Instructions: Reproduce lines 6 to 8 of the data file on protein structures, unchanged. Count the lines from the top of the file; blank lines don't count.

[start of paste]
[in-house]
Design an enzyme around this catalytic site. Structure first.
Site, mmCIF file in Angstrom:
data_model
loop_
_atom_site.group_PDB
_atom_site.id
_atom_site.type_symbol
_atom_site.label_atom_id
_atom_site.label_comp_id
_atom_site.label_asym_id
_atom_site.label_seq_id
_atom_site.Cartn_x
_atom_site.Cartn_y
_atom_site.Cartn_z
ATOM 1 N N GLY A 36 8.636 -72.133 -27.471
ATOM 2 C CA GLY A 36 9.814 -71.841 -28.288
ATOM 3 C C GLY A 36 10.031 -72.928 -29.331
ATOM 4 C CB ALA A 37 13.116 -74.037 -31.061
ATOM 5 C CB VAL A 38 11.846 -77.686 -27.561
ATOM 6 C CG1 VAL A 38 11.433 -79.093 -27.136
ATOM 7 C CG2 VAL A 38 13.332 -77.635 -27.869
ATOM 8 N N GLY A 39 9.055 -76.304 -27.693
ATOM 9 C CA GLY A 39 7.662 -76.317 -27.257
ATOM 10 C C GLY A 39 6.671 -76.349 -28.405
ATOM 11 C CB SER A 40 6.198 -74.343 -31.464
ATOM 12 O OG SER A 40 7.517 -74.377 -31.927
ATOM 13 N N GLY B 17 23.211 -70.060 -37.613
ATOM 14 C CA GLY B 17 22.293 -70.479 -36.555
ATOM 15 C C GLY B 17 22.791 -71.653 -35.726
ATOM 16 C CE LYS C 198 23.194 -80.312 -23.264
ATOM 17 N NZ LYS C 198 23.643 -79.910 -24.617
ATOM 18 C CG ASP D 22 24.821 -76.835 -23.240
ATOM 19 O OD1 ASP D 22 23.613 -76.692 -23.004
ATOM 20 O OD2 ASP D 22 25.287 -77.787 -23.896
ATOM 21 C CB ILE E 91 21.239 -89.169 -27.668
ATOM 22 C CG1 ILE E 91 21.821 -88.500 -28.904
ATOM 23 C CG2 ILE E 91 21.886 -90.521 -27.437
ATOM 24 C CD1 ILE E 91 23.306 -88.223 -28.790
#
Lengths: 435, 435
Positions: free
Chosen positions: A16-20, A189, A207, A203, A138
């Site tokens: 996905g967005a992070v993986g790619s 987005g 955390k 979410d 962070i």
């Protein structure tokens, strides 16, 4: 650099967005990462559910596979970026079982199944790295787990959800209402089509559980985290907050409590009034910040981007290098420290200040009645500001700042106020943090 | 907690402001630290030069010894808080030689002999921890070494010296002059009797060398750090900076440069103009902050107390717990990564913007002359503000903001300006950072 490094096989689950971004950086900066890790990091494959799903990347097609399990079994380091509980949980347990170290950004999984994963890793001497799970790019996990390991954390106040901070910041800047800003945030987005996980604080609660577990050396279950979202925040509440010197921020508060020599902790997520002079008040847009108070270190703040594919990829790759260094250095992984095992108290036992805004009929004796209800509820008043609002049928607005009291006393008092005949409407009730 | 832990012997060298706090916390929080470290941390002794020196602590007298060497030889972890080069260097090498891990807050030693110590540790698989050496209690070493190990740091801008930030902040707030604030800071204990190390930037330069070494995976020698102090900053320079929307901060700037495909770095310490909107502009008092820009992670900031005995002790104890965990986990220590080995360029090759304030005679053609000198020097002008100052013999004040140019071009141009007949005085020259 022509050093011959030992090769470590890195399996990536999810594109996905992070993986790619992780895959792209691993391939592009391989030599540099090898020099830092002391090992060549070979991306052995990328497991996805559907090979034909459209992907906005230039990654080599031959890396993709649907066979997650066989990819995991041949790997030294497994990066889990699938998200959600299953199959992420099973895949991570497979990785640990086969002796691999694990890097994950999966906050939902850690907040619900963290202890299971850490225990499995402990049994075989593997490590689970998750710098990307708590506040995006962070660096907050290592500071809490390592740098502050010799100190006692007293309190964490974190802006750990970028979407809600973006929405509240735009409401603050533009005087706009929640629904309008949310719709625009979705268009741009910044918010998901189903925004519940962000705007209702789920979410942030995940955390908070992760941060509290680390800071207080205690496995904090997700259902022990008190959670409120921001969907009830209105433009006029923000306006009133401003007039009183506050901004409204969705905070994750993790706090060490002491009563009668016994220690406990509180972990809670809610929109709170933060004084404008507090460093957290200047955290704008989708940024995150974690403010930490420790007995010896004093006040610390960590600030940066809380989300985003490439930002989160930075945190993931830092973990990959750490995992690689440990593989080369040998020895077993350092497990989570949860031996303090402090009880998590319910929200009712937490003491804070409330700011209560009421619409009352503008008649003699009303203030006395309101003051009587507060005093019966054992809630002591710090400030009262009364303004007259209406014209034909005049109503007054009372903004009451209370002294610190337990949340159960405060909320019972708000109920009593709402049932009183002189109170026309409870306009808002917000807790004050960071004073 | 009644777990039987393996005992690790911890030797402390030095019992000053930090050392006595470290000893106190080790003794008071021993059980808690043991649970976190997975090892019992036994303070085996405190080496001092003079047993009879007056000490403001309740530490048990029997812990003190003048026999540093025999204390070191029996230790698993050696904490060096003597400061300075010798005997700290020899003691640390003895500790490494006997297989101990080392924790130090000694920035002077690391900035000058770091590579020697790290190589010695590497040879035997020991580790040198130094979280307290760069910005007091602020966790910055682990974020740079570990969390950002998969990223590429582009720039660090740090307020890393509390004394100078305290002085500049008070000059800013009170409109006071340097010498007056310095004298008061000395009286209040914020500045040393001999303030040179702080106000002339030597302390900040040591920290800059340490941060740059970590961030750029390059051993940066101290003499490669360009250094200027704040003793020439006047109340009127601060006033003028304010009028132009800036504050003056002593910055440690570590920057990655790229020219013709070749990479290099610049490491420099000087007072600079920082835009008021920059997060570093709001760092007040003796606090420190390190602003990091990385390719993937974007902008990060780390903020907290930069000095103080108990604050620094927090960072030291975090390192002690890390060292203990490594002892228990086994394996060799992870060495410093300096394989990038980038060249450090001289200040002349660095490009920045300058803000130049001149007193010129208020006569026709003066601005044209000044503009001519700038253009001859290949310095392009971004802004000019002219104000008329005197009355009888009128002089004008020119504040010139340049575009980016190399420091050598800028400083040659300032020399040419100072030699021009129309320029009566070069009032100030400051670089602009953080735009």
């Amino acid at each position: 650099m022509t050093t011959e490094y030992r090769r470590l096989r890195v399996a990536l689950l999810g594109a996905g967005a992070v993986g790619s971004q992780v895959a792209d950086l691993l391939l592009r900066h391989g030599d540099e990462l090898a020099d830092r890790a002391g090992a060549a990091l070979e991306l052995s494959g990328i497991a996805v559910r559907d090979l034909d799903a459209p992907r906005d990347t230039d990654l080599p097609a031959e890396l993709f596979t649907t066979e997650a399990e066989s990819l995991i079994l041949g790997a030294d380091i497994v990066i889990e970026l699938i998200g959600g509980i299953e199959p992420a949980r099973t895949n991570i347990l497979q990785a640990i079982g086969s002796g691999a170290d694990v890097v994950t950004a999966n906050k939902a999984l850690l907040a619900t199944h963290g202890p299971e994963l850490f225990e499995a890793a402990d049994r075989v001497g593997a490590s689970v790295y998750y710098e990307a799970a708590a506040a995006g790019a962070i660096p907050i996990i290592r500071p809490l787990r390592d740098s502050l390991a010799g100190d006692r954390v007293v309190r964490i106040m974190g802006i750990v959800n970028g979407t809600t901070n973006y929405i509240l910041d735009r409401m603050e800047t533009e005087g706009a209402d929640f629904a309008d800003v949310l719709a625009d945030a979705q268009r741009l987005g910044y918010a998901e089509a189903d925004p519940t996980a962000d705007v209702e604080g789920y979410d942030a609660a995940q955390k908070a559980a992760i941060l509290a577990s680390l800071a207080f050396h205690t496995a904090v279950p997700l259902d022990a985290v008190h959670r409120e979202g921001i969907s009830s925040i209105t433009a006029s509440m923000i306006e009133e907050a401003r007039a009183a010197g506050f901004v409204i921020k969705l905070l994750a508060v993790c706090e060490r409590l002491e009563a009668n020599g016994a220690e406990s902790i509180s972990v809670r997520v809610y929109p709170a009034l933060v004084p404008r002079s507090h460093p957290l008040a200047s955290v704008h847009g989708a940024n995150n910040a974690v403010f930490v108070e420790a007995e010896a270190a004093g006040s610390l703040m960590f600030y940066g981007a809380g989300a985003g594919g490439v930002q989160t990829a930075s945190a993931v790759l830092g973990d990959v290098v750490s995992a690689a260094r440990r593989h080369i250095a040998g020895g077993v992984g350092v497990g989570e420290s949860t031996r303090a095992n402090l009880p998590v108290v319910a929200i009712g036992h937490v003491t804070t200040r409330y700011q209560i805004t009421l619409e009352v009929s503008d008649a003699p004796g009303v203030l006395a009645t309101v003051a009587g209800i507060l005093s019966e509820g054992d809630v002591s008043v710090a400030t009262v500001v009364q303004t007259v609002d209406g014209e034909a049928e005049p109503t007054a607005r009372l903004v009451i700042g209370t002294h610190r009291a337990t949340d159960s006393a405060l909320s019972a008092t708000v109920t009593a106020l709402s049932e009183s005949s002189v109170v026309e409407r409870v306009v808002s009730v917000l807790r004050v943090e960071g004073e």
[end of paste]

_atom_site.group_PDB
_atom_site.id
_atom_site.type_symbol